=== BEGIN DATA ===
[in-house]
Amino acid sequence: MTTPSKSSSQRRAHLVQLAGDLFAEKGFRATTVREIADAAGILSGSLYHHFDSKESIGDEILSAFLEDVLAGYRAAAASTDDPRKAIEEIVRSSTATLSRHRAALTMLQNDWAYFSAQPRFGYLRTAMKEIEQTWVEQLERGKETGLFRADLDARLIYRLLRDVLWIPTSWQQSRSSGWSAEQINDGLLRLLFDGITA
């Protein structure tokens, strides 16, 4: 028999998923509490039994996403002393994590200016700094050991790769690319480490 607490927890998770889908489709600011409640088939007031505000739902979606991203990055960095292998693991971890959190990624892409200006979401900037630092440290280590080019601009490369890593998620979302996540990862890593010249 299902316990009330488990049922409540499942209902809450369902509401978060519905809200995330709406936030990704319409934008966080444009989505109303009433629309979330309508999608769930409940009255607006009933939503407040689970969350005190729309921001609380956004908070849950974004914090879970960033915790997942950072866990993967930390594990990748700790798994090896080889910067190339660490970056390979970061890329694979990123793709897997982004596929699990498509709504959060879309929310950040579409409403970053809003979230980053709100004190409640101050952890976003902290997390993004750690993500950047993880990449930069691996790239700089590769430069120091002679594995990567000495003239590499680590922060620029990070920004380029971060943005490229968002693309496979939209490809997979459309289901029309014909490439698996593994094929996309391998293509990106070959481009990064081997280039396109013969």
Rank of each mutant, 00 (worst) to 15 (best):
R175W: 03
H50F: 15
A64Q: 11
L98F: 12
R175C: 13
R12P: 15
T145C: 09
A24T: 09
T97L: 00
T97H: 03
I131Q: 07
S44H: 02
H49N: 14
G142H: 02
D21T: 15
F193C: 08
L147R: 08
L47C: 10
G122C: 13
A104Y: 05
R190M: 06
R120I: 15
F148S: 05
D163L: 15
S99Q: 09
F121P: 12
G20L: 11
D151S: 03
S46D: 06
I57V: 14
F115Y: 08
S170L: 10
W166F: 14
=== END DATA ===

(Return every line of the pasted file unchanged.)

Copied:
[in-house]
Amino acid sequence: MTTPSKSSSQRRAHLVQLAGDLFAEKGFRATTVREIADAAGILSGSLYHHFDSKESIGDEILSAFLEDVLAGYRAAAASTDDPRKAIEEIVRSSTATLSRHRAALTMLQNDWAYFSAQPRFGYLRTAMKEIEQTWVEQLERGKETGLFRADLDARLIYRLLRDVLWIPTSWQQSRSSGWSAEQINDGLLRLLFDGITA
């Protein structure tokens, strides 16, 4: 028999998923509490039994996403002393994590200016700094050991790769690319480490 607490927890998770889908489709600011409640088939007031505000739902979606991203990055960095292998693991971890959190990624892409200006979401900037630092440290280590080019601009490369890593998620979302996540990862890593010249 299902316990009330488990049922409540499942209902809450369902509401978060519905809200995330709406936030990704319409934008966080444009989505109303009433629309979330309508999608769930409940009255607006009933939503407040689970969350005190729309921001609380956004908070849950974004914090879970960033915790997942950072866990993967930390594990990748700790798994090896080889910067190339660490970056390979970061890329694979990123793709897997982004596929699990498509709504959060879309929310950040579409409403970053809003979230980053709100004190409640101050952890976003902290997390993004750690993500950047993880990449930069691996790239700089590769430069120091002679594995990567000495003239590499680590922060620029990070920004380029971060943005490229968002693309496979939209490809997979459309289901029309014909490439698996593994094929996309391998293509990106070959481009990064081997280039396109013969």
Rank of each mutant, 00 (worst) to 15 (best):
R175W: 03
H50F: 15
A64Q: 11
L98F: 12
R175C: 13
R12P: 15
T145C: 09
A24T: 09
T97L: 00
T97H: 03
I131Q: 07
S44H: 02
H49N: 14
G142H: 02
D21T: 15
F193C: 08
L147R: 08
L47C: 10
G122C: 13
A104Y: 05
R190M: 06
R120I: 15
F148S: 05
D163L: 15
S99Q: 09
F121P: 12
G20L: 11
D151S: 03
S46D: 06
I57V: 14
F115Y: 08
S170L: 10
W166F: 14